Contact Pet Partners, the certifying organization for therapy pets and their handlers, if you are looking for specialized obedience classes for your dog to work in a setting such as a hospital or elder care facility. Attend a Pet Partners Handler Course workshop if you are interested in obedience training for your dog to become a therapy pet. The course gives you an overview of the types of training offered by Pet Partners and the training involved.

Tips

  • The National Association of Dog Obedience Instructors is a certifying organization for dog trainers that provides a list of its trainers in your area through its website.
  • Most dog obedience classes are offered in groups, with other dogs and owners. If your dog is aggressive toward other dogs or people, seek the help of a trainer who will work with you alone to prevent any problems.
  • Ask the dog trainer what vaccinations are required for your dog to join a class with other dogs or even for individual training. Have your dog vaccinated accordingly or obtain his veterinary records to prove his vaccinations are up-to-date.
  • If you are interested in a specific trainer, ask to attend one or two of her classes to see how she interacts with existing clients before you commit to a long-term contract. The dogs in the class should appear comfortable, not frightened. This also gives you a sense of the instructor's training techniques and allows you to see if you get along well with her.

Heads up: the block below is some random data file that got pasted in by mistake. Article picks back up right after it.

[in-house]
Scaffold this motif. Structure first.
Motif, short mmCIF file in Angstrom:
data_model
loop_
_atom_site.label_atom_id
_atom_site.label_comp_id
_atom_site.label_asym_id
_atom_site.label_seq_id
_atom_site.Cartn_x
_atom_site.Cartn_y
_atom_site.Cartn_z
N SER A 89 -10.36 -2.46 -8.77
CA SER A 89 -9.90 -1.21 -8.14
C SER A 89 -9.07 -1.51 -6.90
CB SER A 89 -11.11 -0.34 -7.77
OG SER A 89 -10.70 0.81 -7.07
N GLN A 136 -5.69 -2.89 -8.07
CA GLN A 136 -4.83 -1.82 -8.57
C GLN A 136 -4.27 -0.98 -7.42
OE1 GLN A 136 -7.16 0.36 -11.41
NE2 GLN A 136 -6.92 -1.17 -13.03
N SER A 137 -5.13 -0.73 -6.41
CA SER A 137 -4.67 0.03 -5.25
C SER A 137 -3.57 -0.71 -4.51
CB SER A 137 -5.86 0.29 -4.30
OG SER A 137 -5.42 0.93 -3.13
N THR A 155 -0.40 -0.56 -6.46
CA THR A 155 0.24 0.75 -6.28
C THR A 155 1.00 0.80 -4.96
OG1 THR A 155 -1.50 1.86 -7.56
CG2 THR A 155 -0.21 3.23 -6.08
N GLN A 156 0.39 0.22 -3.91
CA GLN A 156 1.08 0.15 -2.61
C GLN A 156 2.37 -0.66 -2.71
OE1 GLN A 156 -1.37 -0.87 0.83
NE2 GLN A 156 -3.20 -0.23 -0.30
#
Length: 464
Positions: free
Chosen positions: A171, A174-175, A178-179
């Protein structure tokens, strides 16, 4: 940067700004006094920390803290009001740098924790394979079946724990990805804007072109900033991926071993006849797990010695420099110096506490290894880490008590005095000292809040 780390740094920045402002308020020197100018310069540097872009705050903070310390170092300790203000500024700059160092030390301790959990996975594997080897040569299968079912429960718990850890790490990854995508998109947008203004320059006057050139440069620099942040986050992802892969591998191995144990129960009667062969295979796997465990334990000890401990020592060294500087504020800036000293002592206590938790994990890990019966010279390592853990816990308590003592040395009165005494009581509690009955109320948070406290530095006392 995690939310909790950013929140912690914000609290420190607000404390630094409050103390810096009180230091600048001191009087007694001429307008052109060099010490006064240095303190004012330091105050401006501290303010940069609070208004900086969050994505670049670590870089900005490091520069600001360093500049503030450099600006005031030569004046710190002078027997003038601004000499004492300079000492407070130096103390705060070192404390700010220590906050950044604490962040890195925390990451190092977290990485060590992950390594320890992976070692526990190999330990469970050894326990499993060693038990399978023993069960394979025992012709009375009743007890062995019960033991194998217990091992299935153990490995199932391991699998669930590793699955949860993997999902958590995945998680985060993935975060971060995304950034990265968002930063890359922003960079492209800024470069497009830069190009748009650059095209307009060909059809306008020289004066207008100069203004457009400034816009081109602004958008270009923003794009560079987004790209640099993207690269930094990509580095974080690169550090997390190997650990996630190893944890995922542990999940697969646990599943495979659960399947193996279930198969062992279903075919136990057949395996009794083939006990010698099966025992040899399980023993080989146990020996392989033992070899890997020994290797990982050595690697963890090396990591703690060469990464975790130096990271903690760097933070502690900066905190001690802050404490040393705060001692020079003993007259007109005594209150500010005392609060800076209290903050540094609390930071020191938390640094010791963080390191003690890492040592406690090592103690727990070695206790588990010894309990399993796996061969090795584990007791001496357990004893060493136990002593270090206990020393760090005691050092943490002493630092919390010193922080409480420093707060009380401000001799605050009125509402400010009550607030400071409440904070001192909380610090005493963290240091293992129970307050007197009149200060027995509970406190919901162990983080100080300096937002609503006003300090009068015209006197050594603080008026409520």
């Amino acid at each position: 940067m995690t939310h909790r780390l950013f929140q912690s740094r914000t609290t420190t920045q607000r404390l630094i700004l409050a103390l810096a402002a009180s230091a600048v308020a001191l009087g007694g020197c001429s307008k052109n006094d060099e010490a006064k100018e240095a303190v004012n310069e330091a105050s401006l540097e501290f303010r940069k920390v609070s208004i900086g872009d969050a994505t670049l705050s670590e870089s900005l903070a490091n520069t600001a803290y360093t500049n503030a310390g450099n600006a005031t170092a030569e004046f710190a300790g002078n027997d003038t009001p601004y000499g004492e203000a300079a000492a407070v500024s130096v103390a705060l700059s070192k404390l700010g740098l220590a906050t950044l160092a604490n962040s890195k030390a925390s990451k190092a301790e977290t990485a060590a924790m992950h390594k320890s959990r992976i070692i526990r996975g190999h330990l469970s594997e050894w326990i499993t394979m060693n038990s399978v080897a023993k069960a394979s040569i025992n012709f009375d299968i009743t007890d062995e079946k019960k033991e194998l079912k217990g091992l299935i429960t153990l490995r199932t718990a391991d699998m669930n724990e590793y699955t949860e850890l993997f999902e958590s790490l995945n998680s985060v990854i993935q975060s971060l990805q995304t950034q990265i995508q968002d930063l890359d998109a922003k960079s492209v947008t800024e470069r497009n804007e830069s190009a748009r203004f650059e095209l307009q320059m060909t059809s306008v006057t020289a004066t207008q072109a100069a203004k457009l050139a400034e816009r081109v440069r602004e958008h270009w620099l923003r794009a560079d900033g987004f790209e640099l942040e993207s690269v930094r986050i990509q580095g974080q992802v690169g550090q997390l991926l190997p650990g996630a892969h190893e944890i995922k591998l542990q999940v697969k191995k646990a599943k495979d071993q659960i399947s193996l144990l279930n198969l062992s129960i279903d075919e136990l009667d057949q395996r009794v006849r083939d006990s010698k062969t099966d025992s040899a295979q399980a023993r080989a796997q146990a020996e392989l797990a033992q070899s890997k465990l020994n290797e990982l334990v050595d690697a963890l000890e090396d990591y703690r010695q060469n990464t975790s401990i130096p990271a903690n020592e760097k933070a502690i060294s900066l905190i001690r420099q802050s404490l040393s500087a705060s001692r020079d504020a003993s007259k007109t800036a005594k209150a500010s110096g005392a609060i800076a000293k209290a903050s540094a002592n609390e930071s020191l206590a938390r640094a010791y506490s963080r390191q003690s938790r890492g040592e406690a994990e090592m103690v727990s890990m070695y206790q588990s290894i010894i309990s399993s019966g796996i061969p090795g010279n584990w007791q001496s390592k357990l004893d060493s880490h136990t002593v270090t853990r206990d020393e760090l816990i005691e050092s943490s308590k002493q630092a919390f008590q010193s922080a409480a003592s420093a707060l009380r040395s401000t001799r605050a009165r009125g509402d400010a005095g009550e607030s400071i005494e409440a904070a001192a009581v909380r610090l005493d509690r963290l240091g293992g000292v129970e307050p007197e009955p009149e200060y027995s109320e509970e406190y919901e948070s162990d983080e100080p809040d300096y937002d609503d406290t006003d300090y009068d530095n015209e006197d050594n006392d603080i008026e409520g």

• Speak with the dog trainer about her credentials and ask to see written proof of these credentials; you can also call the certifying organization itself to see if the instructor is registered with it.
  • Talk with former clients of any instructor you plan to work with to get an idea of their experiences with her.
  • Inspect the premises of a dog obedience class before signing up for it. The facility should be clean, free of any feces or urine and temperature controlled if indoors, especially in extreme climates. Water should be provided for the dogs during classes to prevent dehydration.
  • Some trainers work with your dog without you present, in your home, a day care facility or boarding kennel. These trainers may work well for you if you have little spare time to attend obedience lessons with your dog.

Warnings

  • Consult your veterinarian if your dog suddenly starts displaying signs of aggression before seeking the help of a pet behaviorist; some health problems can cause aggressive behavior in dogs.
  • Serious problems, such as aggression toward other dogs or people, may require the help of a veterinary behaviorist certified by the American College of Veterinary Behaviorists. These people are veterinarians with additional training in animal behavior and can prescribe medication for your dog if necessary.
  • Avoid dog trainers who use harsh punishment such as physically hitting a dog to train him or recommend that you do so. Report any such animal cruelty to your local animal control office.
  • A reputable trainer should allow you to view her facility and attend a class before signing up; if the trainer seems reluctant to do so, seek another trainer.

Photo Credits

  • police dog 23 image by Andrew Buckin from Fotolia.com

About the Author

Based in Las Vegas, Susan Paretts has been writing since 1998. She writes about many subjects including pets, finances, crafts, food, home improvement, shopping and going green. Her articles, short stories and reviews have appeared on City National Bank's website and on The Noseprint. Paretts holds a Master of Professional Writing from the University of Southern California.